Because of the threat posed by malicious cyber activities, the Department of Defense has updated its augmented cyber compliance regulations throughout its entire supply chain. The risk of cyber attacks from state and non-state actors looks likely to increase and has caused the DoD to implement more robust defense measures.
As a major part of this effort, the Cybersecurity Maturity Model Certification (CMMC) Version 1.0 was just released on January 30, 2020. The CMMC framework will create a unified standard for auditing and certifying the level of cyber hygiene of DoD contractors, suppliers, and subcontractors to protect Federal Contract Information and Controlled Unclassified Information.
Who Will Be Affected?
The estimated impact of CMMC is significant. Anyone carrying out work for the DoD in their business will be affected and be required to obtain CMMC certification. Audits will be conducted beginning Spring 2020, and there will be no option for self-certification. Certified Third-Party Assessment Organizations, or C3PAOs, will carry out these reviews on behalf of the DoD.
These new regulations provide a brand new compliance challenge for a wide range of businesses as they prepare for the beginning of the implementation period this year. It’s important that you make sure your business understands the regulations you will be required to implement and start preparing for audits right away by following these steps:
Get to Know the New CMMC Guidelines
Understanding the guidelines of CMMC Version 1.0 should be the top priority for DoD contractors. It’s important that you become familiar with the practices required for the various levels of certification, as well as all of the appendices that explain in detail what your business will be expected to do to become certified.
While the stipulations for which contracted businesses will need to achieve what level of cyber hygiene have still not been established, these guidelines will be outlined in Requests for Information (RFIs) and Requests for Proposals (RFPs) and released later this year. Becoming familiar with the practices each level of cyber hygiene requires will help prepare your business to begin rolling out cybersecurity plans to better secure your sensitive information.
Understand What Kinds of Information the CMMC Requires You to Protect
FCI and CUI information is covered by CMMC. FCI is information that is not intended for release to the public, while CUI is unclassified information that requires a certain kind of protection, whether that’s identified in law, regulation, or government policy. Depending on how much information of each kind your business handles, you will be required to meet a certain level of cyber hygiene.
Levels 1 to 5 Differentiation
There’s a range of practices that are identified at each level of certification which must be met in order for a contractor to achieve that level. The CMMC levels are as described below:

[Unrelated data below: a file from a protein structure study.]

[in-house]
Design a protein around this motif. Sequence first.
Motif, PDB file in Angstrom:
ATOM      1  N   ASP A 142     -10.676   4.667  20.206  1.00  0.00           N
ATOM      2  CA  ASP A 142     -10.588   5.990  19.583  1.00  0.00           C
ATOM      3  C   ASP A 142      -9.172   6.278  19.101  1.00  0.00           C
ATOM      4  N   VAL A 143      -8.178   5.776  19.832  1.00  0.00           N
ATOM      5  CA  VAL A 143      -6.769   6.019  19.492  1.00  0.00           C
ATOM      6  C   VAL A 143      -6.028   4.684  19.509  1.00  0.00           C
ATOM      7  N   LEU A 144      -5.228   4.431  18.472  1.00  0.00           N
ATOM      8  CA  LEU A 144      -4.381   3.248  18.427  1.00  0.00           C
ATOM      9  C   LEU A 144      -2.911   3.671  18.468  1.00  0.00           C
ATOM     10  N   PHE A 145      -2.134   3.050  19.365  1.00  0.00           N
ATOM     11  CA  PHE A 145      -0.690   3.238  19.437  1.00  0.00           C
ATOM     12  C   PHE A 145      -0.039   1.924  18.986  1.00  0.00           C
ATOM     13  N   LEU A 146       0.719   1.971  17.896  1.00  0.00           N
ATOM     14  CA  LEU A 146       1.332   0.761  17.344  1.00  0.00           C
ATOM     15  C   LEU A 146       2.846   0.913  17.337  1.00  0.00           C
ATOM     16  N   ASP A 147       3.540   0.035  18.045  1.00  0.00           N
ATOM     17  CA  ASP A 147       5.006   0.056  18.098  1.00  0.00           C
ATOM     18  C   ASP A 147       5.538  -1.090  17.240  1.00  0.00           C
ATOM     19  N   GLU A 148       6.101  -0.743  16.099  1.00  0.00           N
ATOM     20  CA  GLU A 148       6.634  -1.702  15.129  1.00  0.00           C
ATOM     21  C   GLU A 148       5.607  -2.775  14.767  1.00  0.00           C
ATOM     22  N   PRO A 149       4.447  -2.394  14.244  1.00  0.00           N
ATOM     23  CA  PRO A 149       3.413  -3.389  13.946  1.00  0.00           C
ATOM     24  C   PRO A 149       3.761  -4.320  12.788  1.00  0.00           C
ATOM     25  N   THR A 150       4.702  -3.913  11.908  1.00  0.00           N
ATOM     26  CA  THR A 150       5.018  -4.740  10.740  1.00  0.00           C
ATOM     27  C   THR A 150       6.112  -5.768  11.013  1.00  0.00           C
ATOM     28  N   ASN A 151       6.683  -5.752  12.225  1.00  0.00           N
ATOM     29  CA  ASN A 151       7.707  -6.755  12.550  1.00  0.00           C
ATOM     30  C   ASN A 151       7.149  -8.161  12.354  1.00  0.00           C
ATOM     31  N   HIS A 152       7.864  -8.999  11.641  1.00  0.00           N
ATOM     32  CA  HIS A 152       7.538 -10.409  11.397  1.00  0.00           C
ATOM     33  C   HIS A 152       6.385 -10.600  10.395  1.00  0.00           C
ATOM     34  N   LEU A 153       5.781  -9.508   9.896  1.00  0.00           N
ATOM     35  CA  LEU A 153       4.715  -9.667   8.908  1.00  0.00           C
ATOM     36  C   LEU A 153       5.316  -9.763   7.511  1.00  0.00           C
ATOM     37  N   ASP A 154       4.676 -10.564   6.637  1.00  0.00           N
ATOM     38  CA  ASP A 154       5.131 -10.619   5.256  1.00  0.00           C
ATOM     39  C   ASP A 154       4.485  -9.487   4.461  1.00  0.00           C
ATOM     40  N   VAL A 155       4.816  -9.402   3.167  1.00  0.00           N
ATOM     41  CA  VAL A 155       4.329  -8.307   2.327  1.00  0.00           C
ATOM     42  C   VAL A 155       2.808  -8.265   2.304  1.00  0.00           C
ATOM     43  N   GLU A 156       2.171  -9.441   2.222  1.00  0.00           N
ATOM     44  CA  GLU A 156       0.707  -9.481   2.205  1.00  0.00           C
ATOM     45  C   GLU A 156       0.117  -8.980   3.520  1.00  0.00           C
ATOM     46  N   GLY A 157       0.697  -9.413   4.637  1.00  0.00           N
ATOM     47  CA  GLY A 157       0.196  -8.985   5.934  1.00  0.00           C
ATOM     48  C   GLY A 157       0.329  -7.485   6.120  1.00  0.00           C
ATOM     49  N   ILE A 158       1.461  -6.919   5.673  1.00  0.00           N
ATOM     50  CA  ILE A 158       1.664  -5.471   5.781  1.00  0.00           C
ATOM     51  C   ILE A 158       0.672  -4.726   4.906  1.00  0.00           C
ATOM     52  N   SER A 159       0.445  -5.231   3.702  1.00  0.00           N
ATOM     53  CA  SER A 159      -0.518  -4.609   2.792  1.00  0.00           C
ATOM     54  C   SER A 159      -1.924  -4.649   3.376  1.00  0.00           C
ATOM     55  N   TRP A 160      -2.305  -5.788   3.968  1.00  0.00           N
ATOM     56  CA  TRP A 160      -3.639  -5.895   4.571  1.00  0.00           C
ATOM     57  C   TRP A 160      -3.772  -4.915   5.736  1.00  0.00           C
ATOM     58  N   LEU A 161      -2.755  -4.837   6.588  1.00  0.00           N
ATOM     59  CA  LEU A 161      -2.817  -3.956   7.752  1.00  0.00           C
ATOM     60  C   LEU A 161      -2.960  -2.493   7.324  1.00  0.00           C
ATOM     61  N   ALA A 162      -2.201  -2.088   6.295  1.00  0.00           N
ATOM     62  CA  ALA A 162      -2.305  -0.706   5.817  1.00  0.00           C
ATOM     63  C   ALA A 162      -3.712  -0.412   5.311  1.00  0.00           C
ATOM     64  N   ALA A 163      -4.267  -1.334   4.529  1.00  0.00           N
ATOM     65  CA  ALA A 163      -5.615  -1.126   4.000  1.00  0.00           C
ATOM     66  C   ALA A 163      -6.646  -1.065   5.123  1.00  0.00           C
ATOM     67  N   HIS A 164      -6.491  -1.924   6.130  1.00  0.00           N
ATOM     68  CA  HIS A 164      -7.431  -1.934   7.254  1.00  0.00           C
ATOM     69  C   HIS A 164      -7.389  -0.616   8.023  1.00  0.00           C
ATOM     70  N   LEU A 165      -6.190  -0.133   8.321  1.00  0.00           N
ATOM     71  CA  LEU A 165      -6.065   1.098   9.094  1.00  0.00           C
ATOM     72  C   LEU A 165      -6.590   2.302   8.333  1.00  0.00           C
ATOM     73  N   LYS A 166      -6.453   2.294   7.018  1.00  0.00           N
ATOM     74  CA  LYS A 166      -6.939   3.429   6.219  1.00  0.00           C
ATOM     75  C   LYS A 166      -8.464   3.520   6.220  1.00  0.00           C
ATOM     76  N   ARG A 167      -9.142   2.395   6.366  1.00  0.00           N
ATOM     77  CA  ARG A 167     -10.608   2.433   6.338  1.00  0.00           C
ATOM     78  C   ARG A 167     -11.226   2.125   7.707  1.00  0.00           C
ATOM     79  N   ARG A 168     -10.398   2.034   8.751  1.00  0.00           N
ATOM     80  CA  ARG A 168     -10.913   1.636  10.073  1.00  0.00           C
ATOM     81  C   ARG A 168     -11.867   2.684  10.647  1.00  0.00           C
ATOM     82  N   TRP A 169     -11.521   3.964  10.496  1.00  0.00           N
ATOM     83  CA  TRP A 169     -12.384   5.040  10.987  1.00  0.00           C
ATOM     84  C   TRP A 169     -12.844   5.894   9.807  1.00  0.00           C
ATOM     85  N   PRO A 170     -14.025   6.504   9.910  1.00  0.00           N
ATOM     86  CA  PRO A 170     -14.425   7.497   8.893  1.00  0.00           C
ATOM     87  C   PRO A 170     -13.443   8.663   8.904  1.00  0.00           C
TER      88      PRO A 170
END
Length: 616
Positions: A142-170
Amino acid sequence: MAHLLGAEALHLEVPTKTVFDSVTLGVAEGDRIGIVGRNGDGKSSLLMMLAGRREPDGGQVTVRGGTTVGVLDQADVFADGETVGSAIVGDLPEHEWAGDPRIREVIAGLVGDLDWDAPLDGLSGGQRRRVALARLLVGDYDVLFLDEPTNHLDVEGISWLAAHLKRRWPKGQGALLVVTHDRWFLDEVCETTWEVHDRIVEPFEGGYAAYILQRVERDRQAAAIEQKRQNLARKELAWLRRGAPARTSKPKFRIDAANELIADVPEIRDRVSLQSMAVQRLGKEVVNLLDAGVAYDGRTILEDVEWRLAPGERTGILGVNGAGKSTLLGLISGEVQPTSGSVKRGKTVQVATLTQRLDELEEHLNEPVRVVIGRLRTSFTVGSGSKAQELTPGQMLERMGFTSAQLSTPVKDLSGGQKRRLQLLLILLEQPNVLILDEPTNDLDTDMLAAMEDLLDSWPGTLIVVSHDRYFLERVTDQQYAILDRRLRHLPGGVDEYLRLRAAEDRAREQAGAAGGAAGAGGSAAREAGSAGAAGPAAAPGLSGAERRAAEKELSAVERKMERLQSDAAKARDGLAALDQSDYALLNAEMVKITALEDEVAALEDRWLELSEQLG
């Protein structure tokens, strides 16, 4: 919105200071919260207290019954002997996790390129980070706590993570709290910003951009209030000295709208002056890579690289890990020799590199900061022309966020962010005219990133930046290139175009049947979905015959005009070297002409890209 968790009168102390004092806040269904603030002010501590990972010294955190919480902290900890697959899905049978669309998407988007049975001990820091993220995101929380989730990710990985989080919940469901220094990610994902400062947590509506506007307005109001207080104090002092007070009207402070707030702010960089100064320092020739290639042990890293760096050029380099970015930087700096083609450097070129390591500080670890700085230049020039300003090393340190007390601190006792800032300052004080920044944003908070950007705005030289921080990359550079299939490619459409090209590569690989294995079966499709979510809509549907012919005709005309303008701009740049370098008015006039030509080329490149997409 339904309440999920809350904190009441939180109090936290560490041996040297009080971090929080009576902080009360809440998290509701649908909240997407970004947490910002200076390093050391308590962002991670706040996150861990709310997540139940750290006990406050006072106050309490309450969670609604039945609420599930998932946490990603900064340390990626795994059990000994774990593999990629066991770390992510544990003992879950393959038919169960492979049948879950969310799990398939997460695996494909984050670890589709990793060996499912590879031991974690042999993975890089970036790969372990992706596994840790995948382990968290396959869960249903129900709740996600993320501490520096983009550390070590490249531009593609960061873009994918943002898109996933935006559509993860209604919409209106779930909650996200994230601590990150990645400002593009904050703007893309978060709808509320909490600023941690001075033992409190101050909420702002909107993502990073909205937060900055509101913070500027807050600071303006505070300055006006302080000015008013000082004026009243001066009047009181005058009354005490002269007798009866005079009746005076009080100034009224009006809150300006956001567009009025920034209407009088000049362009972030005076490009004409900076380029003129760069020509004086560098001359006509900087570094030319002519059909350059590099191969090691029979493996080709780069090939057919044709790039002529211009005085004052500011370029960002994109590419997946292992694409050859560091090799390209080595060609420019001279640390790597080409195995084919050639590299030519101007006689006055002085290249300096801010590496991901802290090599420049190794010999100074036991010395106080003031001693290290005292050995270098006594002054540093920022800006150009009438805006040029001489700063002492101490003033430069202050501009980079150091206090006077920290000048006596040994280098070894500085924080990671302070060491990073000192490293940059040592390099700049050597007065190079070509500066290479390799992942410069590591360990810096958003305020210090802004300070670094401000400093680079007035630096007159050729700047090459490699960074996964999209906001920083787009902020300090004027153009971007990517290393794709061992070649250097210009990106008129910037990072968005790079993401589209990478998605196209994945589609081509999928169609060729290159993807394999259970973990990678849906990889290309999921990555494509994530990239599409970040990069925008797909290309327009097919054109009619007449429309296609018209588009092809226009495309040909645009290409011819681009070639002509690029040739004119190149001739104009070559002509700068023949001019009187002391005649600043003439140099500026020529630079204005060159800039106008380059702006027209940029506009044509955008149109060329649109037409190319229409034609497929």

Basic Cyber Hygiene Practice and Performed Processes
Level 1 is a foundational level and offers the most basic practices that must be carried out by a contractor. All of the other levels and their practices build on this one, and every contractor, subcontractor, and supplier is required to meet at least this level of cyber hygiene.
Intermediate Cyber Hygiene Practices and Documented Processes
Level 2 acts as a transitional level between Levels 1 and 3. It requires contractors to accurately document and implement its practices in line with the CMMC Model. It also includes 55 additional cyber hygiene practices than Level 1.
Good Cyber Hygiene Practices and Managed Processes
Level 3 largely focuses on CUI protection. In order to achieve this level, businesses must demonstrate plans to manage specific activities and fulfill relevant requirements.
Proactive Practices and Reviewed Processes
In order to achieve Level 4 certification, contractors must show an ability to protect CUI from APTs (Advanced Persistent Threats). Companies must also review and measure the effectiveness of its practices on a continual basis.
Advanced/Progressive Practices and Optimizing Processes
Level 5 also focuses on the protection against APTs, but with additional practices enforced. Cybersecurity processes must be standardized and optimized in order to achieve this level of certification.
The Implementation Timeline
Full implementation of CMMC will be rolled out over the next five to six years, however the DoD aims to start soliciting and awarding contracts with CMMC requirements as early as later this year. The department also intends to have 1500 CMMC-certified contractors in place by 2021.
The Accreditation body was formed in January and will oversee certification and the training of third-party assessors. All contractors should be monitoring their activities from now going forward to prepare for audits. Contractors looking to bid on early contracts will be given priority when it comes to auditing.
How to Prepare for CMMC as a Contractor, Subcontractor or Supplier
You’ll want to begin an in-depth CMMC security assessment of your current practices and procedures, including compliance, to begin adapting to the CMMC framework. You’ll need to start preparing your suppliers and subcontractors for changes to avoid disruption later on, too.
The changes brought about by CMMC will present challenges for any business working with the DoD. It’s wise to start assembling internal teams to monitor CMMC Accreditation Body activities and what you’ll likely need to do in order to obtain certification now so you’ll be prepared for audits in the near future.